Pocket Echocardiography System (PES) for Detection of PDA in Neonates

This study has been completed.
Sponsor:
Information provided by (Responsible Party):
University of Florida
ClinicalTrials.gov Identifier:
NCT01790750
First received: February 11, 2013
Last updated: March 5, 2014
Last verified: March 2014
  Purpose

This is a single-center, feasibility study involving all neonates admitted to the neonatal intensive care unit with orders for a cardiac echo evaluation. Parents will be approached and provided a description of the study. No written consent will be requested, but parents have the option of opting out. Each patient will have a 5 minute Pocket echocardiography system scan followed by a full echo performed on a traditional full featured echo system. The objective is to assess if the current Food and Drug administration (FDA) approved Pocket echocardiography system (PES) can detect patent ductus arteriosus (PDA) in neonates as comparable to traditional full featured echo systems (FFES) and/or physical exam alone.


Condition Intervention
Patent Ductus Arteriosus
Device: PES first, then FFES

Study Type: Interventional
Study Design: Intervention Model: Single Group Assignment
Masking: Open Label
Official Title: Pocket Echocardiography System (PES) for Detection of Patent Ductus Arteriosus (PDA) in Neonates

Resource links provided by NLM:


Further study details as provided by University of Florida:

Primary Outcome Measures:
  • False Positives Results of Pocket Echocardiography System (PES) Detection of Patent Ductus Arteriosus (PDA) to Full Featured Echo System (FFES) [ Time Frame: at baseline ] [ Designated as safety issue: No ]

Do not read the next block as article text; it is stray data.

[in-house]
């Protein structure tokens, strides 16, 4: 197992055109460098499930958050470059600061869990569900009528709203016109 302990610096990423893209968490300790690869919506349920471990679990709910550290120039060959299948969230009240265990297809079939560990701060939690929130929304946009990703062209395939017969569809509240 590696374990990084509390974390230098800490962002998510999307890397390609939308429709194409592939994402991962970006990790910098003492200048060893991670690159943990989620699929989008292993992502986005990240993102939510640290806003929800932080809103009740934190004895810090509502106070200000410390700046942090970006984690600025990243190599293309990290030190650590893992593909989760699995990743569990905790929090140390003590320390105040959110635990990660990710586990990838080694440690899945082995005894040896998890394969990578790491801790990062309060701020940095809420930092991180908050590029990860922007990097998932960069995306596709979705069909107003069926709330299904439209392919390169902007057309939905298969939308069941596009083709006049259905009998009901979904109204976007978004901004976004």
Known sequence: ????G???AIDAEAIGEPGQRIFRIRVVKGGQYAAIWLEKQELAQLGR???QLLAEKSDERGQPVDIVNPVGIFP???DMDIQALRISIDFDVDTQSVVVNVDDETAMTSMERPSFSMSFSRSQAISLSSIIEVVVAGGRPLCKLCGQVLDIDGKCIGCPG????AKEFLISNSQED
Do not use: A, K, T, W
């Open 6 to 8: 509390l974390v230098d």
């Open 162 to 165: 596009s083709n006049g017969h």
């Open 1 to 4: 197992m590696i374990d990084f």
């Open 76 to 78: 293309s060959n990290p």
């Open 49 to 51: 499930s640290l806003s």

Evaluate the usefulness of the currently FDA approved Pocket Echocardiography System (PES) in PDA detection as compared to Full Featured Echo System (FFES) by looking at false positives between the two systems.

  • False Negative Results of Pocket Echocardiography System (PES) Detection of Patent Ductus Arteriosus (PDA) to Full Featured Echo System (FFES) [ Time Frame: at baseline ] [ Designated as safety issue: No ]
    Evaluate the usefulness of the currently FDA approved Pocket Echocardiography System (PES) in PDA detection as compared to Full Featured Echo System (FFES) by looking at false negatives between the two systems.


Enrollment: 50
Study Start Date: February 2013
Study Completion Date: May 2013
Primary Completion Date: May 2013 (Final data collection date for primary outcome measure)
Arms Assigned Interventions
PES first, then FFES
A 5-minute Pocket echocardiography system scan (PES) scan will be performed to detect PDA on neonates. This scan will be followed by a Full Featured Echocardiography System Scan (FFES) and scan results will be compared.
Device: PES first, then FFES
A 5-minute Pocket echocardiography system scan (PES) scan will be performed to detect PDA on neonates. This scan will be followed by a Full Featured Echocardiography System Scan (FFES) and scan results will be compared.
Other Names:
  • Pocket echocardiography system scan
  • Full Featured Echocardiography System Scan

Detailed Description: